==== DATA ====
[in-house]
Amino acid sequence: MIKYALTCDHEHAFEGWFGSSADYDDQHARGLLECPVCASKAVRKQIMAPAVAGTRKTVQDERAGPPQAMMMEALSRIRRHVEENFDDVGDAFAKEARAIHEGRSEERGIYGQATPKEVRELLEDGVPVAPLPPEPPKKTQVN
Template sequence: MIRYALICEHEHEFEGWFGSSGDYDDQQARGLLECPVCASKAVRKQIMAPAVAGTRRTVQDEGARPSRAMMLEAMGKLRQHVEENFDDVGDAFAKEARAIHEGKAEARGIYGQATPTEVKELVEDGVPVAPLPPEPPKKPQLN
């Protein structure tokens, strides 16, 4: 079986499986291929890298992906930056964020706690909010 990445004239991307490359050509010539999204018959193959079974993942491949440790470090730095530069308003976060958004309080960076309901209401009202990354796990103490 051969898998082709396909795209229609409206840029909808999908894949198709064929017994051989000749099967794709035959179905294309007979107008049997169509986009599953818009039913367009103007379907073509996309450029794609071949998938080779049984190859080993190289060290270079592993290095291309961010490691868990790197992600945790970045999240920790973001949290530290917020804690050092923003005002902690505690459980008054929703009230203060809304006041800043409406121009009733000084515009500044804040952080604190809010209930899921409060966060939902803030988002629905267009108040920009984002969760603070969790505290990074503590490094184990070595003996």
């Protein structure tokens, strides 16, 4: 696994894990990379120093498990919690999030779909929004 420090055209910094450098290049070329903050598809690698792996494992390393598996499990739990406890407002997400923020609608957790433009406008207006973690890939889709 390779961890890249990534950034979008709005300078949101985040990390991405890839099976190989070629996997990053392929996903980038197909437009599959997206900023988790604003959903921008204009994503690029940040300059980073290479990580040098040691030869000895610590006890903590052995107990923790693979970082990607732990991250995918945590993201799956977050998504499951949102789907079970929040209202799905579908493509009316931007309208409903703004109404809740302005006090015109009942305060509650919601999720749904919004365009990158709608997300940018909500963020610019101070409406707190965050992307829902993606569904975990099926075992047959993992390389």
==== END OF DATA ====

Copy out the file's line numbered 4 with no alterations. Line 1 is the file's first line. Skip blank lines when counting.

């Protein structure tokens, strides 16, 4: 079986499986291929890298992906930056964020706690909010 990445004239991307490359050509010539999204018959193959079974993942491949440790470090730095530069308003976060958004309080960076309901209401009202990354796990103490 051969898998082709396909795209229609409206840029909808999908894949198709064929017994051989000749099967794709035959179905294309007979107008049997169509986009599953818009039913367009103007379907073509996309450029794609071949998938080779049984190859080993190289060290270079592993290095291309961010490691868990790197992600945790970045999240920790973001949290530290917020804690050092923003005002902690505690459980008054929703009230203060809304006041800043409406121009009733000084515009500044804040952080604190809010209930899921409060966060939902803030988002629905267009108040920009984002969760603070969790505290990074503590490094184990070595003996």